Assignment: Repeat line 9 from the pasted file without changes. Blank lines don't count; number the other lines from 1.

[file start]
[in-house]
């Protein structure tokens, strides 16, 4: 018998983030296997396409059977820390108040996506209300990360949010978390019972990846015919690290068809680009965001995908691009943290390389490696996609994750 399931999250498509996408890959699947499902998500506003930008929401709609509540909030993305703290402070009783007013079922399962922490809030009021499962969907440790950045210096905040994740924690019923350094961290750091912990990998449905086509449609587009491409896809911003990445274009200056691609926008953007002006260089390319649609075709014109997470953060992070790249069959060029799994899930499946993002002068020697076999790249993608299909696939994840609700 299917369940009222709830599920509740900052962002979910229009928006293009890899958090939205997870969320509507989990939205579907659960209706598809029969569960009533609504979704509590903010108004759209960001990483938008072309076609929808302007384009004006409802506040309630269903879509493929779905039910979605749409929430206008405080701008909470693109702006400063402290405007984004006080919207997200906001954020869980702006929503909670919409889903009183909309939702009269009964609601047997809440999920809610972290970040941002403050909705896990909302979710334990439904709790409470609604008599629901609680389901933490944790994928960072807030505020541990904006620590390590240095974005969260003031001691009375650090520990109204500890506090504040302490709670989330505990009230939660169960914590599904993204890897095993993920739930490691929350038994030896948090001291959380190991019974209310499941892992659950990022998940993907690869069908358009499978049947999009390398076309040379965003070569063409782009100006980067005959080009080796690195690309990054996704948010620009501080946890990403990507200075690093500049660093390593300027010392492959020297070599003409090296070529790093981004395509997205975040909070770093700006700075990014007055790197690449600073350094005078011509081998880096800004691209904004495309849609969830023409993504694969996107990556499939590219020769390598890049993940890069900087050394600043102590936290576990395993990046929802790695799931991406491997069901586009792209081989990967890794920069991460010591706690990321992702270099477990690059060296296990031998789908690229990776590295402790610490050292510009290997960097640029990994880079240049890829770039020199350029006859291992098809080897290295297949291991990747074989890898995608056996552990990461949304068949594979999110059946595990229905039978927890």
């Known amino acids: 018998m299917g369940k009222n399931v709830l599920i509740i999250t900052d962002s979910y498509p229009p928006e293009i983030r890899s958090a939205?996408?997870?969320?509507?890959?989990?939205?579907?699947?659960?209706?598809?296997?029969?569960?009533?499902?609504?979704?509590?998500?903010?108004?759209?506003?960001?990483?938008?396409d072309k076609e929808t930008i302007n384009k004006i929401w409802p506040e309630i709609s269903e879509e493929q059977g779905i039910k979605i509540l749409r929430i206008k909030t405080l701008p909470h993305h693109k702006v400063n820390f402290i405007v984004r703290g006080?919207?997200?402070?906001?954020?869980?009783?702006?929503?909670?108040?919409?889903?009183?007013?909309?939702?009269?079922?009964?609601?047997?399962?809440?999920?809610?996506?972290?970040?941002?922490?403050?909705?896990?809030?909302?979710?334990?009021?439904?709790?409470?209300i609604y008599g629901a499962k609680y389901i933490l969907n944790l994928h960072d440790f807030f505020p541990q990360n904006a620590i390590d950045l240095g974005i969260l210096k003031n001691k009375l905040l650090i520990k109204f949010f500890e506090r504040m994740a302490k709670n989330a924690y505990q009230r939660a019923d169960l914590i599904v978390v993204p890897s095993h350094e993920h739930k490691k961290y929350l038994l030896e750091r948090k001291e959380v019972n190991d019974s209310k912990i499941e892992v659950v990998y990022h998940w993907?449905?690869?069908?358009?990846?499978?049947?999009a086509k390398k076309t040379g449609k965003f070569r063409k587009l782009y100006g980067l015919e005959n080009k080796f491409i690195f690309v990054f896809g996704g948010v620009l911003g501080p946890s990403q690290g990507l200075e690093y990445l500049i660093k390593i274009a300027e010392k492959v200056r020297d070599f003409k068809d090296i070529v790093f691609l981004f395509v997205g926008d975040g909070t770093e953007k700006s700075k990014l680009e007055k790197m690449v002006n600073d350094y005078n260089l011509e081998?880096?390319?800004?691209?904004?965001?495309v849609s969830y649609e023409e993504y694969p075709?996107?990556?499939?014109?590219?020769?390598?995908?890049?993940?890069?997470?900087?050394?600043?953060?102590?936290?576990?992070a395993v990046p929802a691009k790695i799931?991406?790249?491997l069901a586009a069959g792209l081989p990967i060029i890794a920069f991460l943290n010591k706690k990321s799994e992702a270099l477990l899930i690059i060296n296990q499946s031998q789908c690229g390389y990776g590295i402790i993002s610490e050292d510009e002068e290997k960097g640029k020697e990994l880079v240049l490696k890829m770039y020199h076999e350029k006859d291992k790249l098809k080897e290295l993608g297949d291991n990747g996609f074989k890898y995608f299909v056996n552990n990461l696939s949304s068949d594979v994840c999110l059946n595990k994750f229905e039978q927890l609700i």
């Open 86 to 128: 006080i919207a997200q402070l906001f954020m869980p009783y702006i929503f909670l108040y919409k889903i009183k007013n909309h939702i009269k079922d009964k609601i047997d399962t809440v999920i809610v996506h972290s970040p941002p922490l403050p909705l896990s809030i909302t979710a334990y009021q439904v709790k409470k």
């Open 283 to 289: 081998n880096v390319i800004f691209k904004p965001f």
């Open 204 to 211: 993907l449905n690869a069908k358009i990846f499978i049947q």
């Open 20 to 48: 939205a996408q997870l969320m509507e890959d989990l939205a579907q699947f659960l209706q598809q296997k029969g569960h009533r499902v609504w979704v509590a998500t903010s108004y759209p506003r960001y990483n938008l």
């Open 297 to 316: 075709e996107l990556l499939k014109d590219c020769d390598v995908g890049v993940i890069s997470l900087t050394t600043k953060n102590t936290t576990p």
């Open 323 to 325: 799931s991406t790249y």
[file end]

């Open 323 to 325: 799931s991406t790249y």